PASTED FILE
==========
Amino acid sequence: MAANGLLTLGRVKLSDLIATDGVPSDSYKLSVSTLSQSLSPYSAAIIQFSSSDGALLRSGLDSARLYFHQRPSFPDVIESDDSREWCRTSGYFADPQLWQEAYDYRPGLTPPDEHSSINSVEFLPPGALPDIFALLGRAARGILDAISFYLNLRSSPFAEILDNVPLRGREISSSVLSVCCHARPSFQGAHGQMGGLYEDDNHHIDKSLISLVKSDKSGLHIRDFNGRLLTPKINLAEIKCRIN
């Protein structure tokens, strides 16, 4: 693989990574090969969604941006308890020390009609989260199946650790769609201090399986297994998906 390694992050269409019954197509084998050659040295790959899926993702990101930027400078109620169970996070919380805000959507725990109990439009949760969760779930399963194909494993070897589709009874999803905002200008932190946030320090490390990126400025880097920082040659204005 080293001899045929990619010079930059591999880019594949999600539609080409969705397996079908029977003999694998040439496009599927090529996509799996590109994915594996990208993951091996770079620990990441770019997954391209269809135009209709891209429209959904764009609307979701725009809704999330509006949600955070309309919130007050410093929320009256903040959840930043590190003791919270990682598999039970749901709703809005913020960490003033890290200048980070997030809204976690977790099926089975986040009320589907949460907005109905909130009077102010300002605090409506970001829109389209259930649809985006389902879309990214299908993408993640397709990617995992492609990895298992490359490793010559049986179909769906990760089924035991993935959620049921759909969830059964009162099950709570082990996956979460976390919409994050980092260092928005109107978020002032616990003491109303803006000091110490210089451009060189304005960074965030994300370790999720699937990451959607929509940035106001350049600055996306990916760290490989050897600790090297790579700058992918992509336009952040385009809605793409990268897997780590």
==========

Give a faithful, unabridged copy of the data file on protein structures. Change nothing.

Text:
Amino acid sequence: MAANGLLTLGRVKLSDLIATDGVPSDSYKLSVSTLSQSLSPYSAAIIQFSSSDGALLRSGLDSARLYFHQRPSFPDVIESDDSREWCRTSGYFADPQLWQEAYDYRPGLTPPDEHSSINSVEFLPPGALPDIFALLGRAARGILDAISFYLNLRSSPFAEILDNVPLRGREISSSVLSVCCHARPSFQGAHGQMGGLYEDDNHHIDKSLISLVKSDKSGLHIRDFNGRLLTPKINLAEIKCRIN
């Protein structure tokens, strides 16, 4: 693989990574090969969604941006308890020390009609989260199946650790769609201090399986297994998906 390694992050269409019954197509084998050659040295790959899926993702990101930027400078109620169970996070919380805000959507725990109990439009949760969760779930399963194909494993070897589709009874999803905002200008932190946030320090490390990126400025880097920082040659204005 080293001899045929990619010079930059591999880019594949999600539609080409969705397996079908029977003999694998040439496009599927090529996509799996590109994915594996990208993951091996770079620990990441770019997954391209269809135009209709891209429209959904764009609307979701725009809704999330509006949600955070309309919130007050410093929320009256903040959840930043590190003791919270990682598999039970749901709703809005913020960490003033890290200048980070997030809204976690977790099926089975986040009320589907949460907005109905909130009077102010300002605090409506970001829109389209259930649809985006389902879309990214299908993408993640397709990617995992492609990895298992490359490793010559049986179909769906990760089924035991993935959620049921759909969830059964009162099950709570082990996956979460976390919409994050980092260092928005109107978020002032616990003491109303803006000091110490210089451009060189304005960074965030994300370790999720699937990451959607929509940035106001350049600055996306990916760290490989050897600790090297790579700058992918992509336009952040385009809605793409990268897997780590």